Thalassemia in the United Arab Emirates: Why it can be prevented but not eradicated

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Thalassemia is a genetic blood disorder that causes abnormal hemoglobin. Hemoglobin is a protein in red blood cells that carries oxygen and is made of two proteins from four α-globin genes and two β-globin genes. A defect in one or more of these genes causes thalassemia. The treatment of thalassemia mostly depends on life-long blood transfusions and removal of excessive iron from the blood stream. Such tremendous blood consumption puts pressure on the national blood stock in many countries. In particular, in the United Arab Emirates (UAE), various forms of thalassemia prevention have been used and hence, the substantial reduction of the thalassemia major population has been achieved. However, the thalassemia carrier population still remains high, which leads to the potential increase in the thalassemia major population through carrier-carrier marriages. In this work, we investigate the long-term impact and efficacy of thalassemia prevention measures via mathematical modeling at a population level. To our best knowledge, this type of assessment has not been done before and there is no mathematical model that has investigated such a problem for thalassemia or any blood disorders at a population level. By using UAE data, we perform numerical simulations of our model and conduct sensitivity analysis of parameter values to see which parameter values affect most the dynamics of our model. We discover that the prevention measures can contribute to reduce the prevalence of the disease only in the short term but not eradicate the disease in the long term.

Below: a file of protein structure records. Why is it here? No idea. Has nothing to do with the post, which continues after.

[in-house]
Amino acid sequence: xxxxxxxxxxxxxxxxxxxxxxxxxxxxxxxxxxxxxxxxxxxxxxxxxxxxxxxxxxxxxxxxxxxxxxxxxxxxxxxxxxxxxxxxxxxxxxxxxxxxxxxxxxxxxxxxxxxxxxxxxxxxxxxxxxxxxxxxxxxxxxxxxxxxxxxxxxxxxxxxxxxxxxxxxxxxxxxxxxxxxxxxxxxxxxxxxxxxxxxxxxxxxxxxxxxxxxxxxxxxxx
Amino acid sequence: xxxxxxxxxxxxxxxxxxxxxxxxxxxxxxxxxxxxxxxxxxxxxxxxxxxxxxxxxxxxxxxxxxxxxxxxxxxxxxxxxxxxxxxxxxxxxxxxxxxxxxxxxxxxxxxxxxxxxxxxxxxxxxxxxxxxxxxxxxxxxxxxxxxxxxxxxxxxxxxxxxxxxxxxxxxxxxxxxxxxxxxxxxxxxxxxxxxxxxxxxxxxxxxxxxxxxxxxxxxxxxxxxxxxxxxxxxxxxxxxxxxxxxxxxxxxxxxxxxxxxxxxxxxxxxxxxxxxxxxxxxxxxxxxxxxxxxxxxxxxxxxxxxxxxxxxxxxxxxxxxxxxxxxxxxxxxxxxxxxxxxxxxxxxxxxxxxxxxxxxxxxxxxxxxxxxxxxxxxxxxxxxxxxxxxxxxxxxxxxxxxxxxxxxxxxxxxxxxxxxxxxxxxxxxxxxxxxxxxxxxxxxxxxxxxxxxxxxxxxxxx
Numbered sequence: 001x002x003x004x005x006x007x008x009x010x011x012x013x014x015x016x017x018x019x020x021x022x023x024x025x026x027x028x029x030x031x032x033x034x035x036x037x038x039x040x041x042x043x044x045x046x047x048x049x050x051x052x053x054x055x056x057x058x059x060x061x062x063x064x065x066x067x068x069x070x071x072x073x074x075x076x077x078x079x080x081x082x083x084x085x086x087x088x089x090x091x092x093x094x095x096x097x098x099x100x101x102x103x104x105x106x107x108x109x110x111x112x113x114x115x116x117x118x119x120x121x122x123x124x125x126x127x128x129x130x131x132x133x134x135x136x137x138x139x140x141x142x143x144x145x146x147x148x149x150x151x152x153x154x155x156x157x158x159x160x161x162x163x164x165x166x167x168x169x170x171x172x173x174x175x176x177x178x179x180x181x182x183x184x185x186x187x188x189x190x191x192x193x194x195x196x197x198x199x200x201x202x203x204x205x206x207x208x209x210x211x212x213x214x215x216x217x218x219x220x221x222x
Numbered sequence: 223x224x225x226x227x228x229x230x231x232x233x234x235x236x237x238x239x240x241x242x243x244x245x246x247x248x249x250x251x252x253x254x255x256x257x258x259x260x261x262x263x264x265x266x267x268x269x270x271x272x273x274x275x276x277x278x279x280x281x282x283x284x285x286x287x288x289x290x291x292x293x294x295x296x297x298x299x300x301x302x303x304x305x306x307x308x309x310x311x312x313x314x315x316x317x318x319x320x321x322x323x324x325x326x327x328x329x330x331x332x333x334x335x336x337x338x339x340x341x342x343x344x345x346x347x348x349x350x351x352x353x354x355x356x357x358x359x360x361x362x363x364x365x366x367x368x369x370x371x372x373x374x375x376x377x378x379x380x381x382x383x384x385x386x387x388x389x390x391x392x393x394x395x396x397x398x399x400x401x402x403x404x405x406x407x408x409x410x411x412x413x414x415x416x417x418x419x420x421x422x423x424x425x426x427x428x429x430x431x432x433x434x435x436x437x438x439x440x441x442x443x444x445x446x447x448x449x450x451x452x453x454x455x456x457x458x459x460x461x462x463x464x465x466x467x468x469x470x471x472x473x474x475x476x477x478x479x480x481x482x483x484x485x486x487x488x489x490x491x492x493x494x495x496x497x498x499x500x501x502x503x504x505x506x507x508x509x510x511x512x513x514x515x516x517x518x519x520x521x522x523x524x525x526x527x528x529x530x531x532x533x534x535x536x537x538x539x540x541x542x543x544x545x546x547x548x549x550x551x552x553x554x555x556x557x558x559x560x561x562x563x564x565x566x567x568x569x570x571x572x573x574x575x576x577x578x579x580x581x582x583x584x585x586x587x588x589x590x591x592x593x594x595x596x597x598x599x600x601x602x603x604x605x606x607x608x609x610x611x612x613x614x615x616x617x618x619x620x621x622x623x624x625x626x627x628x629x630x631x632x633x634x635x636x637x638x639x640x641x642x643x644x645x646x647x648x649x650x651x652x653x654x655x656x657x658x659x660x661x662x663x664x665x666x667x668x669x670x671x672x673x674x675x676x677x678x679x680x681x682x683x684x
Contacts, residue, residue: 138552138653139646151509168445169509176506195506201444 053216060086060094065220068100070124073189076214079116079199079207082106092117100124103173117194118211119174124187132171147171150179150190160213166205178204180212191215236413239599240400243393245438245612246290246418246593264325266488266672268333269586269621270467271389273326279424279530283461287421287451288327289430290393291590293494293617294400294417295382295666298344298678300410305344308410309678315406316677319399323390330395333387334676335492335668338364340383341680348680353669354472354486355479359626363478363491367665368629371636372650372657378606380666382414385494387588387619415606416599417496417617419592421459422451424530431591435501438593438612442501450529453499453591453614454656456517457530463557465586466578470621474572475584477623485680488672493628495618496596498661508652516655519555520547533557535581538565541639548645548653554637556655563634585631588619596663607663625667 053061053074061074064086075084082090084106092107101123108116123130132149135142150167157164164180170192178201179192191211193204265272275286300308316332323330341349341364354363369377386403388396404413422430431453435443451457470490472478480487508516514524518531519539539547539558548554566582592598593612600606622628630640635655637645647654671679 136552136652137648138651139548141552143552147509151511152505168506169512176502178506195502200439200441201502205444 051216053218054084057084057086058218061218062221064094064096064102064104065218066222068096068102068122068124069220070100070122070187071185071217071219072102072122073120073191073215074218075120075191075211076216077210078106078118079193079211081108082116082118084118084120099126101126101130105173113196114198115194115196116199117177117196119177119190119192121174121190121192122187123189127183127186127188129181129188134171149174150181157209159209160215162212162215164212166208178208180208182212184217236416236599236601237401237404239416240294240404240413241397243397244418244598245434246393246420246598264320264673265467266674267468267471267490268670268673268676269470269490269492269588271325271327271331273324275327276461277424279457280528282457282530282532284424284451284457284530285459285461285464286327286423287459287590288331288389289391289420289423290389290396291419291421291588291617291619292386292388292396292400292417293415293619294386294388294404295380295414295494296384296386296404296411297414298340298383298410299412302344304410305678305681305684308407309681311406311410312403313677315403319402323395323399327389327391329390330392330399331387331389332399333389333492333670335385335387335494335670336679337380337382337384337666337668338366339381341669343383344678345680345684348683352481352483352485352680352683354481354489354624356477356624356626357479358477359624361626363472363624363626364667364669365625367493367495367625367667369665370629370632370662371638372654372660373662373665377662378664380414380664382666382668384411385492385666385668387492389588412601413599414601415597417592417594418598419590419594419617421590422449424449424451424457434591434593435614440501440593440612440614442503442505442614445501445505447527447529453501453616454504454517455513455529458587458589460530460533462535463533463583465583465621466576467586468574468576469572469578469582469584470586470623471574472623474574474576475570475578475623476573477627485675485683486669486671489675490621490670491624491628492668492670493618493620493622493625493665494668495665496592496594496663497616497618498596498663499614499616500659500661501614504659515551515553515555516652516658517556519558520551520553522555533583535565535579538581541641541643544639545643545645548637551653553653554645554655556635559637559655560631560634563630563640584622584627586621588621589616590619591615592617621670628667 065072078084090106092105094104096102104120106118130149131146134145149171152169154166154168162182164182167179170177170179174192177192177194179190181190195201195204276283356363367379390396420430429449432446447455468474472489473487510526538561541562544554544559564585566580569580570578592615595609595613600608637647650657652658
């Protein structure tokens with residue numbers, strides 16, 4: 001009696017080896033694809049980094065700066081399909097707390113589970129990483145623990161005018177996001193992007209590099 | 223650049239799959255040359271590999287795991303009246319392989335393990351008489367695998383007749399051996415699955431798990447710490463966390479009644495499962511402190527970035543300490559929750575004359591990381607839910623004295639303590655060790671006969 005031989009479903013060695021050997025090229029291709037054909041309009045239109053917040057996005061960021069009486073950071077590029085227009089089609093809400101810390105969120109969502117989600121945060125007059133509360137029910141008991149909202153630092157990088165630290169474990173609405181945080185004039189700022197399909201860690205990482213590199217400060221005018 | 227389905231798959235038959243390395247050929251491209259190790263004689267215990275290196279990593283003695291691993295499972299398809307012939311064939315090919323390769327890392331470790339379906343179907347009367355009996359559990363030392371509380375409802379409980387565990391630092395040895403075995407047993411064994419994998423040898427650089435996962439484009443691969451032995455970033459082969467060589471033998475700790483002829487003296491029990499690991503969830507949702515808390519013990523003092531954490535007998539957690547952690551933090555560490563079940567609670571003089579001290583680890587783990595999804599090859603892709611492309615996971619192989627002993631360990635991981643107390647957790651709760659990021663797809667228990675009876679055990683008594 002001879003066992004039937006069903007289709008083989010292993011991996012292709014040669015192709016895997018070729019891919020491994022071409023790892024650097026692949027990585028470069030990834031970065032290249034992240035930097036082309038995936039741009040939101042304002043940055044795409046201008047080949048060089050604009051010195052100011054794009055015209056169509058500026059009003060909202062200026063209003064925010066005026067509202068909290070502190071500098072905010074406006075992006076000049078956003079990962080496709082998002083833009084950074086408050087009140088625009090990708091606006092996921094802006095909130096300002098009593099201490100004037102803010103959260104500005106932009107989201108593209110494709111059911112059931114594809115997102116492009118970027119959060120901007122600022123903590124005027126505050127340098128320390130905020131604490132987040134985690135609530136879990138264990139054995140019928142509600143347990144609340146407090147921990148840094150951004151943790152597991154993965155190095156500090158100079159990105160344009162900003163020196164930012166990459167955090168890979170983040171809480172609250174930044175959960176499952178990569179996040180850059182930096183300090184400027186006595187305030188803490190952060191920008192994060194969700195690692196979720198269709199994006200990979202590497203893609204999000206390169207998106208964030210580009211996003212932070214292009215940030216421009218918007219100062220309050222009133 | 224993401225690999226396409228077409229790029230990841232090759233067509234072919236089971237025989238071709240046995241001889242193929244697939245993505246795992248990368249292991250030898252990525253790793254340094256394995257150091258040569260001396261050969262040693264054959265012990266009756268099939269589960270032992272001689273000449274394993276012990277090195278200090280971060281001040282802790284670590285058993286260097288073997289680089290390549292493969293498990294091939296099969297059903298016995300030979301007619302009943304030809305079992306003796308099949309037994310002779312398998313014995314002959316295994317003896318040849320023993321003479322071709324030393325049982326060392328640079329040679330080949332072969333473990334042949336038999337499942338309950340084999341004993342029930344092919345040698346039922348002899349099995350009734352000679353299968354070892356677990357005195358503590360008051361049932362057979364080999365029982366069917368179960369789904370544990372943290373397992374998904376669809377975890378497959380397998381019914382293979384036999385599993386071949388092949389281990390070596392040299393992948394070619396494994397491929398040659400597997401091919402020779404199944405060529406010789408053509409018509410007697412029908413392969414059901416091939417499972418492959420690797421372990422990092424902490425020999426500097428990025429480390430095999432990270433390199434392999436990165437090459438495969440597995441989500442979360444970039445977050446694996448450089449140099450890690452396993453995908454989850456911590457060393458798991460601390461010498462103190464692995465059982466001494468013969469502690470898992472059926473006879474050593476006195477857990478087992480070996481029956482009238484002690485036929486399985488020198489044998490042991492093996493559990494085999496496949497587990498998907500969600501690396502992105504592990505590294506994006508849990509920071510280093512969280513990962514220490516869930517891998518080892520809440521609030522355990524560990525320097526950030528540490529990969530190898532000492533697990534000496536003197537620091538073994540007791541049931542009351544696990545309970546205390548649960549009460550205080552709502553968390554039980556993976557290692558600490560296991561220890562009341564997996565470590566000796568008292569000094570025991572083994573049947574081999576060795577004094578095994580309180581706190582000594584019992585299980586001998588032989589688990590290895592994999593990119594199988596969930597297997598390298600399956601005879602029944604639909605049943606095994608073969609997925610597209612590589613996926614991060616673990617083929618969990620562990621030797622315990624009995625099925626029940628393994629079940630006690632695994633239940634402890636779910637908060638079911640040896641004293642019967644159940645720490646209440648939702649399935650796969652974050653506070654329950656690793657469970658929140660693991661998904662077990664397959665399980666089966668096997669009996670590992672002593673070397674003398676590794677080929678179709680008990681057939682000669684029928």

Original languageEnglish
Article numbere0170485
JournalPLoS ONE
Issue number1
Publication statusPublished - Jan 2017

ASJC Scopus subject areas

  • General


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